Temari Sushi

Stylish, vegetarian, with meats, fish or fruits…these Sushi are amazing in terms of display. Very easy to do, these little balls of rice can be made in two different ways by adults and Kids too!

The easiest was is to cut a piece of cling film, then add a suare of Ham/smoked salmon / Mango…whatever  ingredient you fancy…just add some rice, wrap and twist…Voila!!!!

You can shape a smallish hole with your thum beneath it and then decorate as you wish. Here we have Oak Smoked Salmon, Wasabe flavors Flying fish roes and Tobiko with some trickles of QP mayo… These were done last week at the chef training in London by an entrepreneur opening a sushi restaurant and wanting to see how it all works…not bad for a first timer! Enjoy, 😉


The Designer Nori range has finally arrived into the Sushi World…taking Sushi to another level!

For now they are still a work of art from a laser beam developed by an ad agency  for a seaweed shop, ‘design nori’ is a series of laser-cut seaweed .The project was commissioned to respark the sale of nori following the tsunami in japan of 2011.

Because of the precision required in the cutting process, the seaweed itself is a thicker variety…but rolling these into Futomaki will require good rolling and above all, good cutting skills!!! Will they look as nice once sliced? I think they are ideal for the Australian style of Futomaki, where they actually eat a half roll alone…they dont bother with the slicing…eheh!

I can imagine that in a couple of years, we will be ready to have these custom made…mmm…maybe a new business venture here!

At present they retail in Japan and at an art exhibition for around $10 each…Aouch! Only negative point for me…

Nori is actually awesome for health benefits and removing a good chunk of it …kind of removes some of the Sushi health benefits too…

Enjoy the classy Sushi making!

Chef Manu

Thanks to the hard working salmon farmers in Scotland, we have plenty fresh salmon available all year round. So that’s the main fish I use for the workshops. To have a bit of variety, I often make marinated raw salmon. A lot of people ask me how I make the marinade so here it is. Well, it is very simple and requires just 3 ingredients. Soy sauce (Here, I used Kikkoman. I would stick to Japanese soy sauce for flavour).

Ground fresh root ginger (With the skin on or without?  It’s up to you.  I usually remove the skin.) On the left is my trusted Microplane grater.  On the left is a traditional Japanese ceramic grater dish.  It is a small sauce dish with very sharply ragged surface in one area, which is used for grating.  So it’s a grater and serving dish in one.  Very handy.

Sugar  (Mirin, sweet Japanese sake, is more authentic but sugar would do the job just as well!)

Quantity is roughly:

For 200g ish of Salmon (it can be a nice large piece or off cuts!)

4 tbspn – Soy Sauce

1 tbspn – Sugar

2cm or there about length of fresh root ginger – ground

Combine them and stir well to dissolve the sugar.

To marinate:

I use sealable food bags.  Put everything in the bag and try to squeeze out as much air as possible when you seal the top. This way, a small amount of marinade can get to every part of salmon. Then keep it in the fridge for 30 min. to a few hours. If you marinate longer than that, the salmon starts to loose its texture. But you might enjoy it that way!  So experiment to find just the right duration for your pallet.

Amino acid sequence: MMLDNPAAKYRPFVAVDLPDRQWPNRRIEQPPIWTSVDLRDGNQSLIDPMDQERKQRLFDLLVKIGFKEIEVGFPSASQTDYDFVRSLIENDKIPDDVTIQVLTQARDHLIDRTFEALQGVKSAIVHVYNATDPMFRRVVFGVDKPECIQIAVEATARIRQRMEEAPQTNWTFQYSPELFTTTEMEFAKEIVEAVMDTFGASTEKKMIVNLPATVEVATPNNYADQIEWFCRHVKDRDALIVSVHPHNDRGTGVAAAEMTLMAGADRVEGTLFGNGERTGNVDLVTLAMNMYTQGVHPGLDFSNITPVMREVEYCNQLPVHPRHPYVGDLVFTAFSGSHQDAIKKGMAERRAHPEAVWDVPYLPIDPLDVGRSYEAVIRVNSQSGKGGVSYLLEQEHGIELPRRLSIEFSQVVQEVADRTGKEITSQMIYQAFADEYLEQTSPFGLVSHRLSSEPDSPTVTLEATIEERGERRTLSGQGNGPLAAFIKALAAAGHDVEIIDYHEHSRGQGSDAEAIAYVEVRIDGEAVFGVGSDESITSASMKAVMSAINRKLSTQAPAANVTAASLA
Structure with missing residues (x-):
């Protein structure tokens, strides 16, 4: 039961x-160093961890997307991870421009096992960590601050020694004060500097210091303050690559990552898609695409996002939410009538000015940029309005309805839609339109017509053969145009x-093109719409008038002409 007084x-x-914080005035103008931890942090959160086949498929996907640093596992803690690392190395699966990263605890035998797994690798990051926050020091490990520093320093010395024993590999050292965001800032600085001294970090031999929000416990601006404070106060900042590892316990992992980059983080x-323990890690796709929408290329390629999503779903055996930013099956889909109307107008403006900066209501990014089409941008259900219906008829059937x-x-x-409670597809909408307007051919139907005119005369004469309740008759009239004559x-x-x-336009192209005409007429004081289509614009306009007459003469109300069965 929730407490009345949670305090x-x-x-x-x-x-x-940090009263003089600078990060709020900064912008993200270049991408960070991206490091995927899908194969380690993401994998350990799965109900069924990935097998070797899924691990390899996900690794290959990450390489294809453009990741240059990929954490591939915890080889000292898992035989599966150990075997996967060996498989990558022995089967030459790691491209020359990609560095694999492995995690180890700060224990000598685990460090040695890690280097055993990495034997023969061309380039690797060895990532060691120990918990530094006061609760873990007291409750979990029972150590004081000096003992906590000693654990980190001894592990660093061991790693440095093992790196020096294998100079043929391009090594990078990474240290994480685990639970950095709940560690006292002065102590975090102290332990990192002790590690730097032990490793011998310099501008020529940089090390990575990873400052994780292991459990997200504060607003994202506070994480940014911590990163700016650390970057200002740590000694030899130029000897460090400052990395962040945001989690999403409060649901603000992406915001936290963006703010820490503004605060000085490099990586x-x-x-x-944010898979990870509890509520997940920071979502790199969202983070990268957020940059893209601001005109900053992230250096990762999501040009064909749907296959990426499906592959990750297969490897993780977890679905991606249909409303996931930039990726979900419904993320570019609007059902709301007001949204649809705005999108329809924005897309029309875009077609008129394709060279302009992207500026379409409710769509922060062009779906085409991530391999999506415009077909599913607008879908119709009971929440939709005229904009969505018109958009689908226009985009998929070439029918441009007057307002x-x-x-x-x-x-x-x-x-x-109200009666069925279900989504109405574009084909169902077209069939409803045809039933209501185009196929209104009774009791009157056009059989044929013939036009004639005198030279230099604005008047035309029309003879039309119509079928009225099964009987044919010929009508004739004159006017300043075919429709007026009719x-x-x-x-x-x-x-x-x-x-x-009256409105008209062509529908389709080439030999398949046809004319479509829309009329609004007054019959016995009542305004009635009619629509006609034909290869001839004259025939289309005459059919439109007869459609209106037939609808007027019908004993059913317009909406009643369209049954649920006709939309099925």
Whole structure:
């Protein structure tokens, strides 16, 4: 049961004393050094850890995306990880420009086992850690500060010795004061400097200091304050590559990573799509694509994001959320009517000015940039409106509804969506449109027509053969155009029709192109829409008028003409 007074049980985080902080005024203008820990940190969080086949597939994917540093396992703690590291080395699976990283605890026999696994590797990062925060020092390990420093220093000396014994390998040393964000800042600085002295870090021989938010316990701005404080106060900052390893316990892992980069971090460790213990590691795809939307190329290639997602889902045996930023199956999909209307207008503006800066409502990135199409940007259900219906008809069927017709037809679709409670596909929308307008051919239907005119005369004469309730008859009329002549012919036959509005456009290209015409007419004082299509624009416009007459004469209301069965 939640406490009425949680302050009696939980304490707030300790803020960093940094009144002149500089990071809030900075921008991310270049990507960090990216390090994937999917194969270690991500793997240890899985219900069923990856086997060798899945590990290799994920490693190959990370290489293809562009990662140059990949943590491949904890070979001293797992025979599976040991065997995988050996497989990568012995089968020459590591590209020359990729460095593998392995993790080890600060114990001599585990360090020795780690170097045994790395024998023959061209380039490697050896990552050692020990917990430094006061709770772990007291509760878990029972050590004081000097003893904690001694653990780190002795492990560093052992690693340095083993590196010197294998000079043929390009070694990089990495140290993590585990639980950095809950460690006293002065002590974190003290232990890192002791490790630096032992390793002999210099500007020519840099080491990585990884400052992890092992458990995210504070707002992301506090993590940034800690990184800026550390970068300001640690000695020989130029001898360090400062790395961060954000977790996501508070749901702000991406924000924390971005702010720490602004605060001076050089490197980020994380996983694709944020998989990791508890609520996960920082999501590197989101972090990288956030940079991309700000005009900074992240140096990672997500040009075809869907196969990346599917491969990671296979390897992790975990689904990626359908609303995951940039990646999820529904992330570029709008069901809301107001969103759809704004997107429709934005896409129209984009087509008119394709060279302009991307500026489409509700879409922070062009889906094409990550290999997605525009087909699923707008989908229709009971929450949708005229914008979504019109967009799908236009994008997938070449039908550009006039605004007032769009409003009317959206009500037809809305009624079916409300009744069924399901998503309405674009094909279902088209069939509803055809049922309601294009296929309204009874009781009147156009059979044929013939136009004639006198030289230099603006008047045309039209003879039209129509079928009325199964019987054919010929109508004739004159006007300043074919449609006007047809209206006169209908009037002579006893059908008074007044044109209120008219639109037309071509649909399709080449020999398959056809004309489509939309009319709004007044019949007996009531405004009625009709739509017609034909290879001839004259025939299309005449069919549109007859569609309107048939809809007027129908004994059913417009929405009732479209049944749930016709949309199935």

Can’t finish it?

Just grill, pan fry or microwave it only to just cook through. It’s really good on a piece of thick slice toast. If you put it on a bowl of steaming hot plain rice and let the juice run down the glistening whiteness of the rice, you have just created a snack meal that any Japanese would jump at.



Art student creates world’s first shipshape sushi Battleship sushi rolls beautiful to behold, but a trip too far to get your mouth around

Seasoned travelers to Japan will know that local sushi rolls bear no resemblance to those creative avocado-and-mayonnaise-laden efforts whipped up in the kitchens of California.

Instead, sushi joints from the humblest conveyer-belt kaiten zushi shop to Ginza’s finest pile up delicious ikura (salmon roe), uni (sea urchin) and more on a block of rice and wrap the lot in nori seaweed in a time-honored formation known as gunkan-maki, or “battleship” rolls.

The trend started back in 1941, the naming a patriotic boost by legendary Tokyo sushi purveyor Kyubey. It’s stuck ever since.

Decades later, a Japanese art student named Mayuka Nakamura has reinterpreted the now ubiquitous rolls literally, by creating elaborate battleships and aircraft carriers out of nothing but nori sheets and traditional sushi toppings.

Why? “Because I love battleships,” as she says on her blog. No argument there.

More on CNNGo: How to eat sushi.

Her creations bristle with majestic steam funnels, cannons and conning towers. All of them artfully arranged and totally edible.

Unfortunately, you can’t find these real-life battleship rolls in actual restaurants; their sheer size and amount of ingredients would make them expensive propositions and their delicate nature doesn’t exactly lend itself to easy eating, which is the entire point of a sushi roll in the first place.

But you can still enjoy the next best thing on Nakamura’s blog, where she has posted photos from her graduation thesis.

And more good news — Kyubey still can be found in the heart of the Ginza.

If you’re feeling flush with cash (bring lots of it, BTW) you might try printing out a picture of Nakamura’s creations and asking the originators of the battleship roll to make you a fishy frigate or two. Good luck with that.